Fin whales welcomed back to Antarctica

Fin whales
Fin whales, seabirds and Antarctic icebergs (Dan Beecham)

Marine biologist Dr Helena Herr and her team from the University of Hamburg have been researching whales in the Antarctic for the past 13 years – but only now, with completion of a new study, have they been able to confirm that the fin whale population is making a dramatic recovery.

Southern fin whales are a subspecies that grow to an average length of 22m on a diet of krill and small schooling fish. The Antarctic population was reduced to a mere 1-2% of its original size by hunting during the 20th century, and the few remaining whales had seemed to have forsaken their old feeding grounds.

The study was based on analysis of data from expeditions carried out in 2018 by the research ship Polarstern, led by Alfred Wegener Institute biologist Prof Bettina Meyer, and in 2019 by the BBC from the Pelagic Australis

Fin whales
Fin whale aggregation off Elephant Island (Sacha Viquerat)
Fin whales
Fin whales feeding (Helena Herr)

The teams used line transects from ship, helicopter and drone over a 93,000sq km study area to calculate animal density from sightings and observed distribution. With the data fed into a model to take account of parameters such as water depth and distance offshore, the area was estimated to host in the region of 7900 fin whales (Balaenoptera physalus quoyi).

Groups of up to 150 whales were being spotted in the foraging grounds, a spectacle unknown since the start of the 20th century.

It was at that time that the blue and humpback whales that stayed closer to the coast had almost been eradicated and the whalers had therefore turned to fin whales further offshore until their hunting was banned in 1976.

The return of big groups of fin whales suggests not only population recovery but also the re-establishing of historical behaviour. “They were some of the most spectacular natural phenomena that I have seen so far,” said Dr Herr of the mass sightings. “It was an incredibly impressive experience to see the water ‘boil’ with these huge animals eating together and stirring up the ocean.

Dr Helena Herr
Dr Helena Herr

“In 1976 the hunt for fin whales was stopped and today, almost 50 years later, we again have several thousand animals in just a small part of Antarctica. This is a positive sign in times of species extinction, biodiversity loss and climate change.”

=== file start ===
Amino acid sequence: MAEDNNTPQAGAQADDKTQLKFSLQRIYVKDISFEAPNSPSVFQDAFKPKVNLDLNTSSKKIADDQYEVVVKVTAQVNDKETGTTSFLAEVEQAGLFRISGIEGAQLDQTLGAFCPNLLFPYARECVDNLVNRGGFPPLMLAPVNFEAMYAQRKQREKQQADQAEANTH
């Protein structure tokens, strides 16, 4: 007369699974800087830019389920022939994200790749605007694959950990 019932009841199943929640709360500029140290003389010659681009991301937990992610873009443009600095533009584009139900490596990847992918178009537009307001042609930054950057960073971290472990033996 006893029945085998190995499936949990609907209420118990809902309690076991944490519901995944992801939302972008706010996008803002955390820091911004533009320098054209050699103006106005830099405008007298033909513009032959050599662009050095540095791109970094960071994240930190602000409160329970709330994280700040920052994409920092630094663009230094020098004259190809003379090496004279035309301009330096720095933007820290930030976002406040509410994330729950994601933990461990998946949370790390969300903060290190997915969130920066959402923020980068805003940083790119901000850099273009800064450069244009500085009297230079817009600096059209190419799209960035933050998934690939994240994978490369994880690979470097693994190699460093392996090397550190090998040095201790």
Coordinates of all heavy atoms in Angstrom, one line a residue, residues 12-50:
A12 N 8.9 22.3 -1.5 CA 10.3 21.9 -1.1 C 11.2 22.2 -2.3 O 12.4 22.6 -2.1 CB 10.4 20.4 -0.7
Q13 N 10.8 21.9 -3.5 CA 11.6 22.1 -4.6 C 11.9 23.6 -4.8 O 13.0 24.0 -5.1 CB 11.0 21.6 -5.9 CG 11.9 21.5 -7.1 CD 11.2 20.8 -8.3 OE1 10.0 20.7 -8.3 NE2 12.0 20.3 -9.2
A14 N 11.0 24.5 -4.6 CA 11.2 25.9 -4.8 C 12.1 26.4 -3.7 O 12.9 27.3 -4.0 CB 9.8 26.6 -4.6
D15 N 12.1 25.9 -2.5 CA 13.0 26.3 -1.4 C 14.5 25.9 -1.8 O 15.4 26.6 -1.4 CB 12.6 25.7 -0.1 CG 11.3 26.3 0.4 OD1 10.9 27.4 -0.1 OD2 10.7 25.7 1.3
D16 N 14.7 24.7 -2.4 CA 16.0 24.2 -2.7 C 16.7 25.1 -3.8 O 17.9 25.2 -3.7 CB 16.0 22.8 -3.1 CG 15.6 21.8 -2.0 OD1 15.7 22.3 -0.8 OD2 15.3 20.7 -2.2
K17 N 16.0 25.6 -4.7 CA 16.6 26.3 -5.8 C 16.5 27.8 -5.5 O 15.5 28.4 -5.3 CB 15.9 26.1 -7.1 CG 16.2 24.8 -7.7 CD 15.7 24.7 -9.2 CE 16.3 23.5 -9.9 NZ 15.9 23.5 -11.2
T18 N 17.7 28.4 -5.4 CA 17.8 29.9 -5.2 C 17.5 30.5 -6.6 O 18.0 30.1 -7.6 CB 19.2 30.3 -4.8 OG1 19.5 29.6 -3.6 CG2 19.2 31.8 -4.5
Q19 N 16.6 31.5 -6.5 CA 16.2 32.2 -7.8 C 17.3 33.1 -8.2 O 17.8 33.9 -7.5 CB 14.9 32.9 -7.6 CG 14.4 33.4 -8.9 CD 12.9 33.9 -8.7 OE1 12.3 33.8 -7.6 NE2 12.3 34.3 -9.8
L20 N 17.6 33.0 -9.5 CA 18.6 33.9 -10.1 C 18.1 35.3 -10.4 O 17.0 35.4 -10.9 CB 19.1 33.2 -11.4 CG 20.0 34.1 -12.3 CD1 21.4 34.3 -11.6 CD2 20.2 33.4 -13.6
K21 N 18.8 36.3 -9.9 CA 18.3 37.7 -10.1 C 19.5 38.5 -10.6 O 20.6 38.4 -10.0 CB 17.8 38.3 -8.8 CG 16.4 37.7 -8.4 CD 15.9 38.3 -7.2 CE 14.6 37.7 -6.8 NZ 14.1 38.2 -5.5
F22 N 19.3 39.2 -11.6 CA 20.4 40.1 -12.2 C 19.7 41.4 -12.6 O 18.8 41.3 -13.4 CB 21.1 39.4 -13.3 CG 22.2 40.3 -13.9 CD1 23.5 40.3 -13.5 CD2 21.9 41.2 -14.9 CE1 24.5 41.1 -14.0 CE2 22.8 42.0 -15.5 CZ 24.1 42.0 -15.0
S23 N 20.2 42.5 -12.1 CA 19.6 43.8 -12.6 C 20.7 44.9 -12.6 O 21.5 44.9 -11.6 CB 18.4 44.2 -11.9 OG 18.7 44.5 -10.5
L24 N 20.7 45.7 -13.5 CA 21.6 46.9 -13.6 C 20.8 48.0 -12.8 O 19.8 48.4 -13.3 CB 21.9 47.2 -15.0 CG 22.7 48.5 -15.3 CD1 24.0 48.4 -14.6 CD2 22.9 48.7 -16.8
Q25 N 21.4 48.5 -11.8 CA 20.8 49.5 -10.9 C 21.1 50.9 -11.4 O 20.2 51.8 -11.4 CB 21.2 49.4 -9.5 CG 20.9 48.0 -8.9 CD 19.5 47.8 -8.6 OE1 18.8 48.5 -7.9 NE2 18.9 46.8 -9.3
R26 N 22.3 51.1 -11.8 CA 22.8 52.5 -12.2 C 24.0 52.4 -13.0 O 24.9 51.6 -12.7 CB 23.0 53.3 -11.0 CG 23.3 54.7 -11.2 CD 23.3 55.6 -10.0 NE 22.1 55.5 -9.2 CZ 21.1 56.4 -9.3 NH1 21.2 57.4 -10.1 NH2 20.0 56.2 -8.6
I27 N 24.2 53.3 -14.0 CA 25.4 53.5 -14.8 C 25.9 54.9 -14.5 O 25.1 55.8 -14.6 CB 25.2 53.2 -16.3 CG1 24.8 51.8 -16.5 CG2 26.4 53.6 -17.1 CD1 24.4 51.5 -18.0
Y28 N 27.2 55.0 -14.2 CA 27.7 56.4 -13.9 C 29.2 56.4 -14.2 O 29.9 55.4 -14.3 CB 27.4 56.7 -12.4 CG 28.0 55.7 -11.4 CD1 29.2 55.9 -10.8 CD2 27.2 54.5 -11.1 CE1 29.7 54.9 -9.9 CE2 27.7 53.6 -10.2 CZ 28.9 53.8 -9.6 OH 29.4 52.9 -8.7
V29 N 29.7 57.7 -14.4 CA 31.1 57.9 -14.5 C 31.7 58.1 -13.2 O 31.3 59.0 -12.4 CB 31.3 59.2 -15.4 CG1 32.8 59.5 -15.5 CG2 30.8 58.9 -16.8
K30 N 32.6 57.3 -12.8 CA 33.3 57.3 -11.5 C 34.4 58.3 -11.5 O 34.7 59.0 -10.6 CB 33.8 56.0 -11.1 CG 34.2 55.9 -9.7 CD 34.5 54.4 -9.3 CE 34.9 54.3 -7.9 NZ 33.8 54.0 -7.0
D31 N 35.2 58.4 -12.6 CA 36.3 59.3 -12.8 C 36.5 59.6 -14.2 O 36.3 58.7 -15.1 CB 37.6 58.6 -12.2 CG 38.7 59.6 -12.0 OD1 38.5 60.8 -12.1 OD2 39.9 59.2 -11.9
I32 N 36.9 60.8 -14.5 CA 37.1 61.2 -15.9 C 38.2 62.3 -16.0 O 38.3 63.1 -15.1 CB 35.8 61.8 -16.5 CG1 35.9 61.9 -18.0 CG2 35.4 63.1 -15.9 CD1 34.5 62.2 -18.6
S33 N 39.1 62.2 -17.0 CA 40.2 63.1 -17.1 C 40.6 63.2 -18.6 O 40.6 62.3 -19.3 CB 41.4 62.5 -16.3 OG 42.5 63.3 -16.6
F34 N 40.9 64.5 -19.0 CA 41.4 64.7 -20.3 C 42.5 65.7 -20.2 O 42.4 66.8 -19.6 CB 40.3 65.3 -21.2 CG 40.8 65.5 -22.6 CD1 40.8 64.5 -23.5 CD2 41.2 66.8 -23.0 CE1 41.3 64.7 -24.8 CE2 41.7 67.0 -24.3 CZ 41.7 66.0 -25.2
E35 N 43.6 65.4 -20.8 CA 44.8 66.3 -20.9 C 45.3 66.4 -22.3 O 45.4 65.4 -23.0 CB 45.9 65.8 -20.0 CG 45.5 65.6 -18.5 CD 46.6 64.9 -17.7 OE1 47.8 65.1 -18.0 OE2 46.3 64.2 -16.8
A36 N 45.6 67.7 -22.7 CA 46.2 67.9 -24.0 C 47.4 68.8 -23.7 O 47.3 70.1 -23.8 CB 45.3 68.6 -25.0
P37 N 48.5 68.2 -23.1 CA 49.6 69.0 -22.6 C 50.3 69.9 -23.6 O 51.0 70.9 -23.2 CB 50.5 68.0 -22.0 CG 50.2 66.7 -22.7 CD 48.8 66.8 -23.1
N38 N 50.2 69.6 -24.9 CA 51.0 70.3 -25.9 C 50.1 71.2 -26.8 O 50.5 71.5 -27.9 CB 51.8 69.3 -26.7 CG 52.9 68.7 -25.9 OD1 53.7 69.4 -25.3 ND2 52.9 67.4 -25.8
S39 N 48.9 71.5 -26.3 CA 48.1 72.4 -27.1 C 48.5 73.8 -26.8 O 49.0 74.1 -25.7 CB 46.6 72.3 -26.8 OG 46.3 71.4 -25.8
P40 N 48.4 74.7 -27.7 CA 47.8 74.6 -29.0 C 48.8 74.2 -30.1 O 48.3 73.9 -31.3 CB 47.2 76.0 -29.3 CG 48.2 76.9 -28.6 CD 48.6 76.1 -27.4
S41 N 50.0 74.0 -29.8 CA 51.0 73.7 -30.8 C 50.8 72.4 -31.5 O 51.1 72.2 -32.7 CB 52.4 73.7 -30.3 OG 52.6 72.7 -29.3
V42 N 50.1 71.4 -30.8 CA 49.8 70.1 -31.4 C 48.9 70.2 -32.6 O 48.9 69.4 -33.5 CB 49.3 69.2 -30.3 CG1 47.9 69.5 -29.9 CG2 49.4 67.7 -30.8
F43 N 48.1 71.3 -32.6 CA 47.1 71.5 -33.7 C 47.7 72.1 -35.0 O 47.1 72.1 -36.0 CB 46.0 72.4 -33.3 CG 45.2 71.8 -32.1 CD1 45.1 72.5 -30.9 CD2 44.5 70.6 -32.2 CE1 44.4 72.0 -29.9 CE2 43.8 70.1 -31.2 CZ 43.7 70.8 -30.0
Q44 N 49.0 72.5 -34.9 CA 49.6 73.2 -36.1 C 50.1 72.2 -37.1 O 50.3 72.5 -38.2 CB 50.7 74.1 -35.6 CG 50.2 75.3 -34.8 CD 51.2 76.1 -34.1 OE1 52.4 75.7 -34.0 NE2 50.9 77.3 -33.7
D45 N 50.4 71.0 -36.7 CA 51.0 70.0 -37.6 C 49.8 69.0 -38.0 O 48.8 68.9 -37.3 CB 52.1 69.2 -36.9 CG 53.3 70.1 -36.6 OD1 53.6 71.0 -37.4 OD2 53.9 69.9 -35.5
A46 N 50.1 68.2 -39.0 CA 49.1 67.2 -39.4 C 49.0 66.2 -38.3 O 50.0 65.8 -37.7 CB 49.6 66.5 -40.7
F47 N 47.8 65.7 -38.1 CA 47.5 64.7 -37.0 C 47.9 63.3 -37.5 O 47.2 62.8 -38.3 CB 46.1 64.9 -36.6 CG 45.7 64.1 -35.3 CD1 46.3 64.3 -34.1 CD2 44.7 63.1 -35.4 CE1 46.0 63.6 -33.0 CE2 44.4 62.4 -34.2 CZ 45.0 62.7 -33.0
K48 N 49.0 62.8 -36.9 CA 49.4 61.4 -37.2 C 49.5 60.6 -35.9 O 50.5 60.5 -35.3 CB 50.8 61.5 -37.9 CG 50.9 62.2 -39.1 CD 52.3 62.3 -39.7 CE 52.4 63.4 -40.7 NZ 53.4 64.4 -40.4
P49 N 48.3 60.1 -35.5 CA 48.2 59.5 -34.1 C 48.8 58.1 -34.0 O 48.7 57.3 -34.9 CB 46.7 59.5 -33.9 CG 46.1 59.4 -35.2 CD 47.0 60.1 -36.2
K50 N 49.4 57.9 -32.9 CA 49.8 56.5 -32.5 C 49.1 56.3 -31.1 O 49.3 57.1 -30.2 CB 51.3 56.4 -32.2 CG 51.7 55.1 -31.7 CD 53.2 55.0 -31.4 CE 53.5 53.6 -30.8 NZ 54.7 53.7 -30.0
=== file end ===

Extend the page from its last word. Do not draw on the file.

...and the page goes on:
The recovery is important for the ecosystem because fin whale excrement, rich in nutrients such as iron, benefits micro-organisms living in the upper water layers. This “whale pump” effect is an important part of the fight against climate change, because such organisms absorb large amounts of carbon dioxide.

Humpback whales have also recovered strongly since the end of whaling but Dr Herr pointed out that more work needed to be done to find out why southern right and (despite earlier encouraging reports) Antarctic blue whales seemed to be making little or very slow recovery from their severe depletion.

“All in all, I would say that there is hope for the whales, but that it is closely linked to the general threats to our environment – above all climate change, which must be countered for the benefit of all living beings,” she aid. The study is published in the journal Scientific Reports.

Sato’s whales: first encounter

Meanwhile scientists in Japan have confirmed the first-ever live sightings of Sato’s beaked whale, a species previously known only from whalers’ reports and carcasses.

The whale resembles the larger Baird’s beaked whale but grows no longer than 7m, is darker in colour and has a more protuberant forehead. It was described scientifically in 2019 from physical and DNA analysis of dead specimens, but now it has emerged that researchers studying orcas between Hokkaido in Japan and Russia’s Kuril Islands spotted a pod of 14 of the whales last summer and obtained live tissue samples.

Of the 100 or so known whale species, 24 are beaked whales, but they are difficult to study because they live offshore, rarely vocalise at the surface and spend much of their lives at depth to elude orcas. Cookie-cutter sharkbites on the observed Satos suggest that they might also venture into more tropical locations, say the scientists in their report.

Also On Divernet: 2020: A Good Year For Blue Whales, Sub-Antarctic, Polar Spectacle: 60 Million Nesting Icefish



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